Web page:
2020 Photo of Center Square Schoolhouse; which was last used for educating Manchester Township children in 1921
ZOOM Presentation explores One-Room Schools
The reason for the1921 closing of Center Square Schoolhouse in Manchester Township had an impact on the closing of nearly 100 York County one-room schools prior to School District consolidation. This is how the Center Square building appears today, 99-years later; one of the few former one-room schoolhouses, still standing, that was never converted for a business or a residence.
Manchester Township Historical Society has organized an online video presentation, via ZOOM Meetings, of my talk “Early Manchester Township Schools,” after an in-person meeting was canceled due to COVID-19.
The ZOOM Presentation is scheduled Monday June 1st, 2020, at 7:00 pm
Please enter your name and e-mail in the Online registration form if you are interested in attending this virtual presentation. Please use this link for the registration form:
Prior to the presentation time, Manchester Township Historical Society will email you the ZOOM meeting invite link.
This talk will feature Early Manchester Township Schools, although it also includes other York County schoolhouses; used to make relevant points. You will also experience what it was like to attend One-Room Schools in York County; through stories of teachers and students attending them.
A nice collection of early common school records and articles is housed in Penn State’s Pattee Library; where I spent several days researching last fall. The Annual Reports of The Superintendent of Common Schools of Pennsylvania provides details gathered from each county in the state. When combined with other information in articles, and dissertations at the library, some neat early school history is revealed. Including, understanding why Center Square One-Room Schoolhouse ceased being used for schooling purposes in 1921.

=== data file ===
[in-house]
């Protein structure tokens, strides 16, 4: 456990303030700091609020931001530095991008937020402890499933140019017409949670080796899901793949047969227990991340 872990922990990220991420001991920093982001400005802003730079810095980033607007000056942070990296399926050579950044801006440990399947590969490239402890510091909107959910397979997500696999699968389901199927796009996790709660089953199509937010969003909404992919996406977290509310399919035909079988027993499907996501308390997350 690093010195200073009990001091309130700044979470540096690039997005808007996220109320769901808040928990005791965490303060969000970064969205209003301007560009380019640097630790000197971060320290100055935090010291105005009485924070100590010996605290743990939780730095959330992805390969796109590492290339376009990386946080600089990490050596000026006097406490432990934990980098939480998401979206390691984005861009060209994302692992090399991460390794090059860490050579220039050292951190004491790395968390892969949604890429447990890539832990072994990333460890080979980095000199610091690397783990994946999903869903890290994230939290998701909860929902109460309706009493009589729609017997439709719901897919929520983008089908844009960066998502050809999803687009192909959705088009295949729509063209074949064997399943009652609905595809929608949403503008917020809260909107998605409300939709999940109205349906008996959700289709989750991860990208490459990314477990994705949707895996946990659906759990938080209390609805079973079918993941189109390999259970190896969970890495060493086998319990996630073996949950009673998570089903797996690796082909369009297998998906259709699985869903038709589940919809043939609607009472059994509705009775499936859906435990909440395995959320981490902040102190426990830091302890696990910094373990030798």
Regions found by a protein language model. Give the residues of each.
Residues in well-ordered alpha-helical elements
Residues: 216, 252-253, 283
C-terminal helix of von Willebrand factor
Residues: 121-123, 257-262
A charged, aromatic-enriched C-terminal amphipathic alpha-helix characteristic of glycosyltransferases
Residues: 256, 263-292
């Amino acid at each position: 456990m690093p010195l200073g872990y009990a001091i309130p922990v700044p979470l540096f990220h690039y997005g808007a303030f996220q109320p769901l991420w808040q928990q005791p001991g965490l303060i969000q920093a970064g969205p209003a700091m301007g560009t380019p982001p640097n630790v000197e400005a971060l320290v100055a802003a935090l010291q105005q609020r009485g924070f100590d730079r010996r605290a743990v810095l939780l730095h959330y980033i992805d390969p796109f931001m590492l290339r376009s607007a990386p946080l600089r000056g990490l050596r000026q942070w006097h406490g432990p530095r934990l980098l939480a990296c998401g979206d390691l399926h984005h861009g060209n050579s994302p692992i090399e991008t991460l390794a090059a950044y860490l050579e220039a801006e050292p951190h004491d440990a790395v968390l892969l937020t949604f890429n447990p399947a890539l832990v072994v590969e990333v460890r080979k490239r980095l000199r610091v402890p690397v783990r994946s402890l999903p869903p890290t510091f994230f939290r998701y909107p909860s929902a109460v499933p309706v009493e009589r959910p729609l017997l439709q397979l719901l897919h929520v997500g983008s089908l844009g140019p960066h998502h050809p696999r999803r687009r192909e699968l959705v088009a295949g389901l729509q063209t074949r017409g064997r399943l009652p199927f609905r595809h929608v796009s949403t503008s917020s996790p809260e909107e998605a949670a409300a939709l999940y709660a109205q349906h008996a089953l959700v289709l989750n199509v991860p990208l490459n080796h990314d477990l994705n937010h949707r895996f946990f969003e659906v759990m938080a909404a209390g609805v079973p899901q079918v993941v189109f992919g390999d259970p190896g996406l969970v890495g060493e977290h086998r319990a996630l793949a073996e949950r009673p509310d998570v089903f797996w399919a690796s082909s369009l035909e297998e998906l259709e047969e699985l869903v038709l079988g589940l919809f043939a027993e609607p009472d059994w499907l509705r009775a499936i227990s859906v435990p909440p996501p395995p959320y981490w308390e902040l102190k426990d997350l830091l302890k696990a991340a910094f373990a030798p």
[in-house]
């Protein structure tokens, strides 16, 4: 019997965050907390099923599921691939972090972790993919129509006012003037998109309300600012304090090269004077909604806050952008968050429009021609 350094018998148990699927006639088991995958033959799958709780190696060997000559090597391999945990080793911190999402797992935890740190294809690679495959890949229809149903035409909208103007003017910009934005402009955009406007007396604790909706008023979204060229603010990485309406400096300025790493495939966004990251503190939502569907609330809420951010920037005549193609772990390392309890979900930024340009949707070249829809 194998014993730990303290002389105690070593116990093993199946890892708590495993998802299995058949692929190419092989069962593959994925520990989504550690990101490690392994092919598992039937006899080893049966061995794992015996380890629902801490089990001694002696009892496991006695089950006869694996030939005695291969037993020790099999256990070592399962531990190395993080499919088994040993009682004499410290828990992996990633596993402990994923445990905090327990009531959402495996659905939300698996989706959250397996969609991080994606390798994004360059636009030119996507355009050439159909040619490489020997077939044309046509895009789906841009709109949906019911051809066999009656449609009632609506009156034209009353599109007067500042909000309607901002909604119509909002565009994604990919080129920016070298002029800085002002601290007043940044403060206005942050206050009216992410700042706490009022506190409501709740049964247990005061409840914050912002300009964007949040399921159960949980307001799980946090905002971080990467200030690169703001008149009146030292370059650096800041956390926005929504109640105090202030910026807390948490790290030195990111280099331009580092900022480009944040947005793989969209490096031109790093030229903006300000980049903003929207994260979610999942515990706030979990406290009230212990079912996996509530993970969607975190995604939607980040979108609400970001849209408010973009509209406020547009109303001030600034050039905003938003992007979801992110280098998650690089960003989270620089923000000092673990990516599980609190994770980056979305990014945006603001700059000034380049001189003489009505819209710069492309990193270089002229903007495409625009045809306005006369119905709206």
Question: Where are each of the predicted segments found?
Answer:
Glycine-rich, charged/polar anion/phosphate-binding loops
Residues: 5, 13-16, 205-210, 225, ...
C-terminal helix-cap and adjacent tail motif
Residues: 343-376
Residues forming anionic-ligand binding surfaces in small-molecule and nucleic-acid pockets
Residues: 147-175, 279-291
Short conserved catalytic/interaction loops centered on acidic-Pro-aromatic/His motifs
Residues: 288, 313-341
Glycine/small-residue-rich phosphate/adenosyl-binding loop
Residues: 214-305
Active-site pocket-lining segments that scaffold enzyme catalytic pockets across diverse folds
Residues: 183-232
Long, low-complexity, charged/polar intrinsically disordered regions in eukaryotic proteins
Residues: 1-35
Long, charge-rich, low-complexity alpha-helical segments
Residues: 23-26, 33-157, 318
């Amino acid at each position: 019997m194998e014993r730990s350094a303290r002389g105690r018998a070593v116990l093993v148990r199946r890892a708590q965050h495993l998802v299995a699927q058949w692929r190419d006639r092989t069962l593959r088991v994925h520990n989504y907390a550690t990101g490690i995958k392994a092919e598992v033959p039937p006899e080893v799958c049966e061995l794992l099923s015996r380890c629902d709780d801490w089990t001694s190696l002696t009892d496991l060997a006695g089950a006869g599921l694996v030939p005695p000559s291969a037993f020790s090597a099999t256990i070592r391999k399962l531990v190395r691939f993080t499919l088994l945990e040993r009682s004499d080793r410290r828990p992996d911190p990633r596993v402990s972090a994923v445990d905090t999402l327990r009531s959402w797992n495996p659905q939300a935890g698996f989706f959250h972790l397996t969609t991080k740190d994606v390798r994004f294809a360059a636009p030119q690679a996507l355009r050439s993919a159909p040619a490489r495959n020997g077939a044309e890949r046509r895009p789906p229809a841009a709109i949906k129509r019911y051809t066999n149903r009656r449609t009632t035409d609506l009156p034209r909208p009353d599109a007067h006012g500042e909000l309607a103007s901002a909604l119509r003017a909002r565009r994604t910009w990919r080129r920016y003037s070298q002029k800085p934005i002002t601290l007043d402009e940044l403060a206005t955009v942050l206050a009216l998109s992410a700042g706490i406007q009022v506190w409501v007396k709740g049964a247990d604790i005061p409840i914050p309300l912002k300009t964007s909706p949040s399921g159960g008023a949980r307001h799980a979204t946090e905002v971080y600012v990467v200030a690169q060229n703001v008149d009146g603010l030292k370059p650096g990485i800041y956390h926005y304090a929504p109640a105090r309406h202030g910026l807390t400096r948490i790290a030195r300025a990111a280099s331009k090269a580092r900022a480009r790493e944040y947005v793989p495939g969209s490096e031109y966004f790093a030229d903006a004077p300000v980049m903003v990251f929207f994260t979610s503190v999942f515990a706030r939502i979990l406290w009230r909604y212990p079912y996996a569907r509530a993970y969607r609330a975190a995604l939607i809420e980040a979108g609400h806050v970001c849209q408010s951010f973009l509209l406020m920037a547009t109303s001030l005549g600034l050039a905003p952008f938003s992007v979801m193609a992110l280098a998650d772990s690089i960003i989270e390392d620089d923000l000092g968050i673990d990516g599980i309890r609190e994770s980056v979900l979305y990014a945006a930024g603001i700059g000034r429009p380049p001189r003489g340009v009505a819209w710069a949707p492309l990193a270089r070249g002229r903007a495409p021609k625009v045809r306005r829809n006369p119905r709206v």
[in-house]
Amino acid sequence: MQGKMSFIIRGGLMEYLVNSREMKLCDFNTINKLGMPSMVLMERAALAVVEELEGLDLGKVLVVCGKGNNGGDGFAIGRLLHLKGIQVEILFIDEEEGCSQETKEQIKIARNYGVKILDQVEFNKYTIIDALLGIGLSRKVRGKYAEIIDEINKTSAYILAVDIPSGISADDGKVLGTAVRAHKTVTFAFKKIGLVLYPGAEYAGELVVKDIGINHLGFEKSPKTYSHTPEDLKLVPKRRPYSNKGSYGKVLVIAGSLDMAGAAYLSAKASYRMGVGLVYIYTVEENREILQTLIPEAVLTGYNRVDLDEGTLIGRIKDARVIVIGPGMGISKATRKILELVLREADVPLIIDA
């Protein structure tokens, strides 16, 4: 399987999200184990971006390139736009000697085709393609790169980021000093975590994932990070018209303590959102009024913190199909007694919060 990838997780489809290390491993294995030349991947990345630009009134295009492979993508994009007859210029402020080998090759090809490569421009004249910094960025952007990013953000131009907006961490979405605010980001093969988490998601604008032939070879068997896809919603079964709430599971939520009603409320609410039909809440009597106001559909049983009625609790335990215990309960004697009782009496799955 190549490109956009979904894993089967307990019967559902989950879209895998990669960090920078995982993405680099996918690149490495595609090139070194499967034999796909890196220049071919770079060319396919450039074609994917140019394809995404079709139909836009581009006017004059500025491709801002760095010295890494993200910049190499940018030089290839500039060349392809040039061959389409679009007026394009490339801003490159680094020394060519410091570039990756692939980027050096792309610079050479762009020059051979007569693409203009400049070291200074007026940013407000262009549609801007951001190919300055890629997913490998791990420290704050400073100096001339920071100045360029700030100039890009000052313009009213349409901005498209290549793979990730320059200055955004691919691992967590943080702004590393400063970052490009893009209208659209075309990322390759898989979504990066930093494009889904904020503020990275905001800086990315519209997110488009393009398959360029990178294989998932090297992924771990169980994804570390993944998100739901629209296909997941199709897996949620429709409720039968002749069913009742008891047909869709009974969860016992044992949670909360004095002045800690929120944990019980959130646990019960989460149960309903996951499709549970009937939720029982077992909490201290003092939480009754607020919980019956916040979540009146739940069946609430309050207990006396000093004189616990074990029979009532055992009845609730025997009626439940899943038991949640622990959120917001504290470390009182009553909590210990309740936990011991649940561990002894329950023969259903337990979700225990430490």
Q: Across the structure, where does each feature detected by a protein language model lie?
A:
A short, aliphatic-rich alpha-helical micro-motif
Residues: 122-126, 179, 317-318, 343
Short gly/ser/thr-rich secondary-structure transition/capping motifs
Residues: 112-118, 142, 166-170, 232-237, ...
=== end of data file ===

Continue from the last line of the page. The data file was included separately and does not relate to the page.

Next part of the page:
Part of the reason for the 1921 closure has to do with the relatively close proximity of Center Square Schoolhouse to Emigsville, via Sinking Springs Lane. Note it is only a recent change that Sinking Springs Lane is no longer a through road across the Susquehanna Trail. All the details surrounding 1921 closure will be explained in the presentation.
At the time of the 1876 Beach Nichols Atlas of York County, seven schoolhouses are within the bounds, of present Manchester Township. Six of the seven are also on Shearer’s 1860 Map; the exception is Springdale School in the south-central part of the township.
The general rule used by School Directors was to place One Room-Schools, scattered around the township, so no student had to walk more than one and one-half mile between their home and school. It is interesting to note the sites of five of these schools operated out of one, or more, other buildings, prior to their brick one-room schoolhouse counterparts were constructed in Manchester Township between the 1880s and1904: i.e. Hake’s, Eisenhart’s, Foust’s, Springdale and Lightner’s
Click on this LINK for a yorkblog.com Full View of the photos in this post.
Use the following links as a location and source index for pre-1950 York County schools. The vast majority of these schools are One-Room Schoolhouses:
York County One-Room Schools (A-B)
York County One-Room Schools (C-D)
York County One-Room Schools (E-G)
York County One-Room Schools (H-K)
York County One-Room Schools (L-M)
York County One-Room Schools (N-P)
York County One-Room Schools (Q-R)
York County One-Room Schools (S-T)
York County One-Room Schools (U-Z)